Where theatre dreams are made real

Shack Theatre: The Makukhanye Art Room in Khayelitsha transcends its humble surroundings to nurture the artistic aspirations of young people.

Shack Theatre: The Makukhanye Art Room in Khayelitsha transcends its humble surroundings to nurture the artistic aspirations of young people.

‘This is a dream of its own. An authentic dream,” Mandisi Sindo says of the Makukhanye Art Room.

“We proudly call this space a shack theatre, because it is a huge shack surrounded by hundreds of shacks. I believe we have created some history for our generation.
Our vision is to show that there is a need for such spaces, eKasi spaces, that will be used to shape young people’s dreams.”

The award-winning Makukhanye is in Khayelitsha, South Africa’s second-largest township. It sits next to the market stalls in Site B.

Outside Makukhanye is an open space lined with walls of vibracrete and corrugated iron, acting as an outside foyer, a waiting area before and after shows. The Makukhanye Art Room logo takes up an entire wall, painted proudly against a black backdrop.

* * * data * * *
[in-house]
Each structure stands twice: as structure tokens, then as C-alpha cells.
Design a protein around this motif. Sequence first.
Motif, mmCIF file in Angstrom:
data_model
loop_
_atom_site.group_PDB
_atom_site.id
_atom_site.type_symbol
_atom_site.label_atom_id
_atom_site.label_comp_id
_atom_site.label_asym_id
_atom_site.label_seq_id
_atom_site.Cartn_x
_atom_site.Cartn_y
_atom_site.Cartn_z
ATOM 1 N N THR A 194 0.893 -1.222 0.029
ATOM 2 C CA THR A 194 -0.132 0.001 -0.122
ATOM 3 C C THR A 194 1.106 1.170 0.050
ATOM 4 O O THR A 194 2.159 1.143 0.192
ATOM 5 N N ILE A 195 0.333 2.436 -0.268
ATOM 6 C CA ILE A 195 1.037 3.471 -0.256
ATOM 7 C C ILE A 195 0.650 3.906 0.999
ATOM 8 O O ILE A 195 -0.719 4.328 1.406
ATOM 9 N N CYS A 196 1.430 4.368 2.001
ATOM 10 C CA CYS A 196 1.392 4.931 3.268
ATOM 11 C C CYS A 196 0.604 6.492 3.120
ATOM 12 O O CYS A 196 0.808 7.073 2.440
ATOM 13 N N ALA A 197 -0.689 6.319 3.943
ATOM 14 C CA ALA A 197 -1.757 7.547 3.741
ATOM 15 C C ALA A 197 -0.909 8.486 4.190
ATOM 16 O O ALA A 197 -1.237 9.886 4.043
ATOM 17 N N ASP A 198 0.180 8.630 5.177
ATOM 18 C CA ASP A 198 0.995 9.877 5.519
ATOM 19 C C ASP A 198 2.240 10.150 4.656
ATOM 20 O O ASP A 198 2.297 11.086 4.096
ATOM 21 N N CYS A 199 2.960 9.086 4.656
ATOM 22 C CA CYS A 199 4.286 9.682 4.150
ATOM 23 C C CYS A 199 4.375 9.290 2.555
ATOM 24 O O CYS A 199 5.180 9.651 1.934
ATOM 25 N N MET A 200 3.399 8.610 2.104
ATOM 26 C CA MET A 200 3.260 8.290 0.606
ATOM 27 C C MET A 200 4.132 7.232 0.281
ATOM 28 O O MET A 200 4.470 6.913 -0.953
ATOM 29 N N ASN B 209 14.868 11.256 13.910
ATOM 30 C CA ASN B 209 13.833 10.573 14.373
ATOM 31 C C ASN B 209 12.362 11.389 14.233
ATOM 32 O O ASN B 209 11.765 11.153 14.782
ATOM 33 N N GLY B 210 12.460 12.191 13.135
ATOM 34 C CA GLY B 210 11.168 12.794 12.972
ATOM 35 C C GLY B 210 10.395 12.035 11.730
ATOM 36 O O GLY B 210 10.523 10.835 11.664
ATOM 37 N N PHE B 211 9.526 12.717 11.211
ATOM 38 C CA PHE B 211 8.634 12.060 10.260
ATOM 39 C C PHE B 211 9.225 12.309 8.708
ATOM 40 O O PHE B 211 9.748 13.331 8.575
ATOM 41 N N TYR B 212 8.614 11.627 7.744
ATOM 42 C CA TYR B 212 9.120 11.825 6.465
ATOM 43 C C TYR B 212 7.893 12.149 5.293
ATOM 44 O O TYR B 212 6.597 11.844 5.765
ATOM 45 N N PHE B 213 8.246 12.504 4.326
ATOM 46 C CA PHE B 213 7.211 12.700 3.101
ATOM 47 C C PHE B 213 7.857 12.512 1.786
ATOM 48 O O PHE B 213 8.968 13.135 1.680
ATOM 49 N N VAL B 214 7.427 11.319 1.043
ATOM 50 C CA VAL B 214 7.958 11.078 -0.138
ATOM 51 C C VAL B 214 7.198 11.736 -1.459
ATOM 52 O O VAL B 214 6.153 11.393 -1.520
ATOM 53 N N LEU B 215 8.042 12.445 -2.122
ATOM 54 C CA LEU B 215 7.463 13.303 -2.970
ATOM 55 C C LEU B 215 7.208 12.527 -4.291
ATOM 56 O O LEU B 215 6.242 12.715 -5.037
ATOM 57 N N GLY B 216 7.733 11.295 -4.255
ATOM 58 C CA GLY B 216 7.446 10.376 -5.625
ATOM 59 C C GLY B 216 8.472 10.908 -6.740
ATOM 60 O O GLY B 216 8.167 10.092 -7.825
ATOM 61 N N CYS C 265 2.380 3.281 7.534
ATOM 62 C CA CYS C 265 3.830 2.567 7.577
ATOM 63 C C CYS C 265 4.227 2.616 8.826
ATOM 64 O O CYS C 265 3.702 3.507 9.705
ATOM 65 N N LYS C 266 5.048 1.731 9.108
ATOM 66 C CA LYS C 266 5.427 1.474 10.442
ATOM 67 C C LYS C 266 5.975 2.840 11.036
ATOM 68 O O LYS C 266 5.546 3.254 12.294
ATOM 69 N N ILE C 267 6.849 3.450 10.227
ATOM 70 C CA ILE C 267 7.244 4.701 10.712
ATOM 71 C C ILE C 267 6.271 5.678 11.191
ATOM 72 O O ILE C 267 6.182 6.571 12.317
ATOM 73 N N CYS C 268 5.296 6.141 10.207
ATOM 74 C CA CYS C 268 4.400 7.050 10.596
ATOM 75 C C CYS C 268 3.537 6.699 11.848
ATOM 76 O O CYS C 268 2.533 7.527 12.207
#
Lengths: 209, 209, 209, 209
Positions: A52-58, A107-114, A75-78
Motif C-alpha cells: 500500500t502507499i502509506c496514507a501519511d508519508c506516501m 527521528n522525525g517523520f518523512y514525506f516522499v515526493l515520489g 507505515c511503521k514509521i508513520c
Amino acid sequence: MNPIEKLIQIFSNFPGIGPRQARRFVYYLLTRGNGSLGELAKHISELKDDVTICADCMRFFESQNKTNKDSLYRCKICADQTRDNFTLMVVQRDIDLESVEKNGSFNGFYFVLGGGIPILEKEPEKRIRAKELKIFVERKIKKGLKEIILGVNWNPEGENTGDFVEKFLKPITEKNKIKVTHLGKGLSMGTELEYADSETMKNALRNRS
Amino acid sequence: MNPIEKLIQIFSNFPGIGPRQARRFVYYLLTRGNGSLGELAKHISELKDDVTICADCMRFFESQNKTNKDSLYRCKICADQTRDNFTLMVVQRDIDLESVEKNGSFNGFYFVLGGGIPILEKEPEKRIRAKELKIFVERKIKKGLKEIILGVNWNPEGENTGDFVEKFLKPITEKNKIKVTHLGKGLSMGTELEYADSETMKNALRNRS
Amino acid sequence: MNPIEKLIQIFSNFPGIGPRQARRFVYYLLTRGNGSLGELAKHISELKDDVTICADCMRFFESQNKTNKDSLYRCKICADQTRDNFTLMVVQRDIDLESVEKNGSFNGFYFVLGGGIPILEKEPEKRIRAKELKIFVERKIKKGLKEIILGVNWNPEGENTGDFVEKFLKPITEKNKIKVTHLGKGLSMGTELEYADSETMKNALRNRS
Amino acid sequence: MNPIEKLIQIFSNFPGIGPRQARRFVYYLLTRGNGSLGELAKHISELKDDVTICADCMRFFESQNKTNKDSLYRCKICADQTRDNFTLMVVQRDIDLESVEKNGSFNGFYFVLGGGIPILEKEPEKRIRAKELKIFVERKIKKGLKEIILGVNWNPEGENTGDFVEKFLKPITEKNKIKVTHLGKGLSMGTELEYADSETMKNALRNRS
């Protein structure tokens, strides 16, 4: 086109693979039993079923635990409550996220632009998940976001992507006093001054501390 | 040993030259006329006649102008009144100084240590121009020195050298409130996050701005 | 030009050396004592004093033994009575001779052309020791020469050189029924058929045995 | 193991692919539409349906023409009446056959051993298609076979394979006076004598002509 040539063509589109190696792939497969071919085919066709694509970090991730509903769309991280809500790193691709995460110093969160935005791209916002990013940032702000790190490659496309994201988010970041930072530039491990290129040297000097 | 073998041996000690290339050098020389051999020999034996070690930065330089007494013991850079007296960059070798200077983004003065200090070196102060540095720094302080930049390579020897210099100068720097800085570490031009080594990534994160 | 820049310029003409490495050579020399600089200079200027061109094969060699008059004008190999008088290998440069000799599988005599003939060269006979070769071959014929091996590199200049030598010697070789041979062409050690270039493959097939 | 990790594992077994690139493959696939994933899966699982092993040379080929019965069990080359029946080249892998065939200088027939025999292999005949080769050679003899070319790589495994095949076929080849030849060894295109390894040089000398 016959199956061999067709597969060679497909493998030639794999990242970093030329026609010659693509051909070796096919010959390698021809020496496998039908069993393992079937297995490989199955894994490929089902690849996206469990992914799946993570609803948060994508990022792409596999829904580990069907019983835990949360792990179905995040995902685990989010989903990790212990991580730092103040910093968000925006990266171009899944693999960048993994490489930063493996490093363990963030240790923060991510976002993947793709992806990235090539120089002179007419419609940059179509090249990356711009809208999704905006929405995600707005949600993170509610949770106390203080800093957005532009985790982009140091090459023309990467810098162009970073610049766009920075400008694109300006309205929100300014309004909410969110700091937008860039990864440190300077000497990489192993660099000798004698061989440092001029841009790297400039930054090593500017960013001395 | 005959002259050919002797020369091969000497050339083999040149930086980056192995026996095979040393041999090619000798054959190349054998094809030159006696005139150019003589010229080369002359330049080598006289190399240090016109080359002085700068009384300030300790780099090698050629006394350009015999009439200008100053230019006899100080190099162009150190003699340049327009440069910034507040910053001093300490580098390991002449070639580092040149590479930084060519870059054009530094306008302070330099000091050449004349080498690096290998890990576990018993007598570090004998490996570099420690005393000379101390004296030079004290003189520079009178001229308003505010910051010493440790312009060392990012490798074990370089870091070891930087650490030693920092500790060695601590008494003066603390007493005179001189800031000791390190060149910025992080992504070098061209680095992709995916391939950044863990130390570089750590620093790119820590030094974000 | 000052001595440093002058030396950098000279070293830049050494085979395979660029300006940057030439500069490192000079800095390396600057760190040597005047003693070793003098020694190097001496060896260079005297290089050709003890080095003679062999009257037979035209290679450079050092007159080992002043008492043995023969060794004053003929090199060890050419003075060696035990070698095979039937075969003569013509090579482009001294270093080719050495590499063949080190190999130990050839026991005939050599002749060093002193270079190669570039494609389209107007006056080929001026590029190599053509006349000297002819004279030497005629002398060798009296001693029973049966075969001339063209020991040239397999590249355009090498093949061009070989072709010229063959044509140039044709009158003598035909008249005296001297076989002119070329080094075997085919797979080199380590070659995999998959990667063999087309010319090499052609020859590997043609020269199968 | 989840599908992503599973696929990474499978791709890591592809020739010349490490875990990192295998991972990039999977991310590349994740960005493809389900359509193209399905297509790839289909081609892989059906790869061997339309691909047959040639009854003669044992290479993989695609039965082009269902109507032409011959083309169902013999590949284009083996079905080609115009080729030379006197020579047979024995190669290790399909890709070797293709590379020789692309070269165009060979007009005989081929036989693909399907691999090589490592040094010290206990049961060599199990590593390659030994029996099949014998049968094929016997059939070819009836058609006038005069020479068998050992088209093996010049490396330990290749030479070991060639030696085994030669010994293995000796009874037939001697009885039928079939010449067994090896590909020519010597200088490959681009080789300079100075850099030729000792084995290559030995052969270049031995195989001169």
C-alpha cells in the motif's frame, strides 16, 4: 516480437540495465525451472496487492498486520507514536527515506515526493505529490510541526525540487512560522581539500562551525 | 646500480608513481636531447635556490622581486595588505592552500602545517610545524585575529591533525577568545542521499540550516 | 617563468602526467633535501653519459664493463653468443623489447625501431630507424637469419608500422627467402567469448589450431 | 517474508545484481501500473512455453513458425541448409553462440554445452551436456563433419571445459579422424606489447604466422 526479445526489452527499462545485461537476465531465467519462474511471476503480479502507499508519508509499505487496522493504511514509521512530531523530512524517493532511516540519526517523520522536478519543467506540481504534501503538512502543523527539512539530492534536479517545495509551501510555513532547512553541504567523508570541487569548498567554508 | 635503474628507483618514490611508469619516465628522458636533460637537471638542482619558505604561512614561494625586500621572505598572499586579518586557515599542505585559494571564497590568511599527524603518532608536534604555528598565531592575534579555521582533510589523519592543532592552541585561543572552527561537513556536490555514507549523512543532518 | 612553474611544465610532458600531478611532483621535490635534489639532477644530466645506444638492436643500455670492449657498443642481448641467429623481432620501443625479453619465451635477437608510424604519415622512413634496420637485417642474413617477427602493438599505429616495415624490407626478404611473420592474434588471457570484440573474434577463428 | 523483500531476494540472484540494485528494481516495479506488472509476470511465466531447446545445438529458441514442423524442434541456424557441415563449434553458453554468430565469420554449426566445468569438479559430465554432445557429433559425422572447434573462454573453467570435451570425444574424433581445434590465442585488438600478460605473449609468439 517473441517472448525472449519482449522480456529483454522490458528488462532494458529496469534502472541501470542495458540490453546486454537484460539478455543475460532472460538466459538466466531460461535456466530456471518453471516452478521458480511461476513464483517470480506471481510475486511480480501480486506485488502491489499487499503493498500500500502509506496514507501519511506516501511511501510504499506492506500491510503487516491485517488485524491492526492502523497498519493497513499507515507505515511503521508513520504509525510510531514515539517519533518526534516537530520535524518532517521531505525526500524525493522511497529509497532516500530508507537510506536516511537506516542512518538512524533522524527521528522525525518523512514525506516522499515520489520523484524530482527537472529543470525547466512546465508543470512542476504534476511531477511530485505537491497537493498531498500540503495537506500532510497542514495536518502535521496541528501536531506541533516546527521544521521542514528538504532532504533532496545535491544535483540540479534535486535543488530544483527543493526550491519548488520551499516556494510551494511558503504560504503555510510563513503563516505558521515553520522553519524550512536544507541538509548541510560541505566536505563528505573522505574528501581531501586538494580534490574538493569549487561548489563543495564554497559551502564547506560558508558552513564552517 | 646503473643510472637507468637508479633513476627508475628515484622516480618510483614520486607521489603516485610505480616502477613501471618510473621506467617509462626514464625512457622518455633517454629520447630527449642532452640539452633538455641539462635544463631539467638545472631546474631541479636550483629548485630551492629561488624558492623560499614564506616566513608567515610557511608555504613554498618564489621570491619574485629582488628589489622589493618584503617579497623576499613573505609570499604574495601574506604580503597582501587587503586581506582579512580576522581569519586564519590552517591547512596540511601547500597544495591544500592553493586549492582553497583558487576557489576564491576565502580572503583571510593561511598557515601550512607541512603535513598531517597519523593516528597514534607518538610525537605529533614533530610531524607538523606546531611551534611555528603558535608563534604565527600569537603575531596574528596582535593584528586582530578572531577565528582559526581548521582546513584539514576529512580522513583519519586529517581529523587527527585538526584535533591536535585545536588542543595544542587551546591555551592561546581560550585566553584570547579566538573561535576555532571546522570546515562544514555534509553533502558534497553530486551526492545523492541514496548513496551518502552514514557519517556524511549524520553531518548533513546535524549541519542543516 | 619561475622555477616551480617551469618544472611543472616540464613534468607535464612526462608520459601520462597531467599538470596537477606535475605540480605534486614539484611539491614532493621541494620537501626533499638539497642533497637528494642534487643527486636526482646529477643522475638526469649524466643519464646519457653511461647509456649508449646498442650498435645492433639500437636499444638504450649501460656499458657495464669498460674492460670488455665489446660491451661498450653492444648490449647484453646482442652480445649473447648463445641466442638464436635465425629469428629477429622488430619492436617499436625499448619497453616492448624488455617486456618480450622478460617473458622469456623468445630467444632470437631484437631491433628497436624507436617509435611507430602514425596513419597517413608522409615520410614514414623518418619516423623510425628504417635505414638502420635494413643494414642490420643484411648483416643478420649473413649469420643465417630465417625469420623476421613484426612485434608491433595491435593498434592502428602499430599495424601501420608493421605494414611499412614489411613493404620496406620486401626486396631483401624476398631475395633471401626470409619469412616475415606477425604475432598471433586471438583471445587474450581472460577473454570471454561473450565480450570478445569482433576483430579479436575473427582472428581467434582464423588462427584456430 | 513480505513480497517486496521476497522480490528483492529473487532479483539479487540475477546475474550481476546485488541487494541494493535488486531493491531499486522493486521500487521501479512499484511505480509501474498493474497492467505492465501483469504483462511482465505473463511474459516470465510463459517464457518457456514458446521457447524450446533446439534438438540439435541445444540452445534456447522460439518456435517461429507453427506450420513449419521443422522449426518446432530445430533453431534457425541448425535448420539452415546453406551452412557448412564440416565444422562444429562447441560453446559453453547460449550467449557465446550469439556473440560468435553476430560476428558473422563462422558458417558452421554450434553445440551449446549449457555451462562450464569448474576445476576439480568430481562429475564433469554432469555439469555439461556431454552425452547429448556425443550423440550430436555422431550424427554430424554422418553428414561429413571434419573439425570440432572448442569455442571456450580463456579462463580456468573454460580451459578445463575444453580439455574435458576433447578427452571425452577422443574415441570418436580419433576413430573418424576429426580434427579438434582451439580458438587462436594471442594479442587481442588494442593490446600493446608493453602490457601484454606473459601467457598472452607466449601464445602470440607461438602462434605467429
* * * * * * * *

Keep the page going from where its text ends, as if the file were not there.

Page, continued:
Another wall is painted red with the words “Kasi-2-Kasi” in white lettering in commemoration of a recent festival.

Some of the other walls are decorated with colourful murals, and the rest are covered with the names of productions that have graced its stage. It is a history made alive and visible. On the right-hand side of the waiting area is the main office and library — a modest space, but one that is slowly growing.

[“We call this space a shack theatre”. (David Harrison)]

Contemporary South African theatre work such as Fruit by Paul Noko and Worst of Both Worlds by Bulelani Mabutyana contribute to this growth — both Zabalaza Festival-winning productions have had successful runs at Makukhanye.

At the far end of the opening is a narrow passageway leading to the theatre: a black box with a raised stage, concrete floors, plastic seating, good lighting rigs and solid sound equipment.

A theatre in a township should not be a novelty. Black and brown bodies are often expected to be sites for entertainment, rather than encouraged to seek entertainment. We are called expressive. We are told that we conjure stories out of thin air and tell them with flair. Advertising campaigns constantly remind us that we sing well and have innate rhythm — bursting into song at the slightest provocation. Tourists are compelled to clap and marvel at us.